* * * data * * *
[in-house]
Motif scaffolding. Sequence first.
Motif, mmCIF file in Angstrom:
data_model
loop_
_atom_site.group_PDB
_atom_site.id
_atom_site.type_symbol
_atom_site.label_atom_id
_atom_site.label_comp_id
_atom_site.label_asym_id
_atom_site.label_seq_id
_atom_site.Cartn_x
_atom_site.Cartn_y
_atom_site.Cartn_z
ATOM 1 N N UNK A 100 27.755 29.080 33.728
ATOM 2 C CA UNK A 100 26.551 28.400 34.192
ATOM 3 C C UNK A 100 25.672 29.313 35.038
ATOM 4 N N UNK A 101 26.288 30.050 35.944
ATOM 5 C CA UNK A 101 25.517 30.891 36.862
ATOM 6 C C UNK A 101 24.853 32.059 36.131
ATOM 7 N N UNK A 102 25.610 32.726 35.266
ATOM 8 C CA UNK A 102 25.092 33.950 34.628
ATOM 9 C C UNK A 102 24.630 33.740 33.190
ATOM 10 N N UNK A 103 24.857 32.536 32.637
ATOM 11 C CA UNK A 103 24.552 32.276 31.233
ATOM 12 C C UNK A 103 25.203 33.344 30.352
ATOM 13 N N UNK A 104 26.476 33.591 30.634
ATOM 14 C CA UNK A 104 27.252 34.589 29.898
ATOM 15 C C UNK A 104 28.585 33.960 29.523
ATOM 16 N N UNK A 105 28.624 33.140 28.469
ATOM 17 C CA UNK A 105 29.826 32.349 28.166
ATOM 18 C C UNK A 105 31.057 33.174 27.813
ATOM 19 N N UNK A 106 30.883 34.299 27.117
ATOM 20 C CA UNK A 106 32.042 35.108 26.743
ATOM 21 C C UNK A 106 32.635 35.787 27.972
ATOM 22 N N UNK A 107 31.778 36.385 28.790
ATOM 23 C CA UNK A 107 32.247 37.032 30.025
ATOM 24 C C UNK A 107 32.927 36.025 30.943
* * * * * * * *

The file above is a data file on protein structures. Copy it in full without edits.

[in-house]
Motif scaffolding. Sequence first.
Motif, mmCIF file in Angstrom:
data_model
loop_
_atom_site.group_PDB
_atom_site.id
_atom_site.type_symbol
_atom_site.label_atom_id
_atom_site.label_comp_id
_atom_site.label_asym_id
_atom_site.label_seq_id
_atom_site.Cartn_x
_atom_site.Cartn_y
_atom_site.Cartn_z
ATOM 1 N N UNK A 100 27.755 29.080 33.728
ATOM 2 C CA UNK A 100 26.551 28.400 34.192
ATOM 3 C C UNK A 100 25.672 29.313 35.038
ATOM 4 N N UNK A 101 26.288 30.050 35.944
ATOM 5 C CA UNK A 101 25.517 30.891 36.862
ATOM 6 C C UNK A 101 24.853 32.059 36.131
ATOM 7 N N UNK A 102 25.610 32.726 35.266
ATOM 8 C CA UNK A 102 25.092 33.950 34.628
ATOM 9 C C UNK A 102 24.630 33.740 33.190
ATOM 10 N N UNK A 103 24.857 32.536 32.637
ATOM 11 C CA UNK A 103 24.552 32.276 31.233
ATOM 12 C C UNK A 103 25.203 33.344 30.352
ATOM 13 N N UNK A 104 26.476 33.591 30.634
ATOM 14 C CA UNK A 104 27.252 34.589 29.898
ATOM 15 C C UNK A 104 28.585 33.960 29.523
ATOM 16 N N UNK A 105 28.624 33.140 28.469
ATOM 17 C CA UNK A 105 29.826 32.349 28.166
ATOM 18 C C UNK A 105 31.057 33.174 27.813
ATOM 19 N N UNK A 106 30.883 34.299 27.117
ATOM 20 C CA UNK A 106 32.042 35.108 26.743
ATOM 21 C C UNK A 106 32.635 35.787 27.972
ATOM 22 N N UNK A 107 31.778 36.385 28.790
ATOM 23 C CA UNK A 107 32.247 37.032 30.025
ATOM 24 C C UNK A 107 32.927 36.025 30.943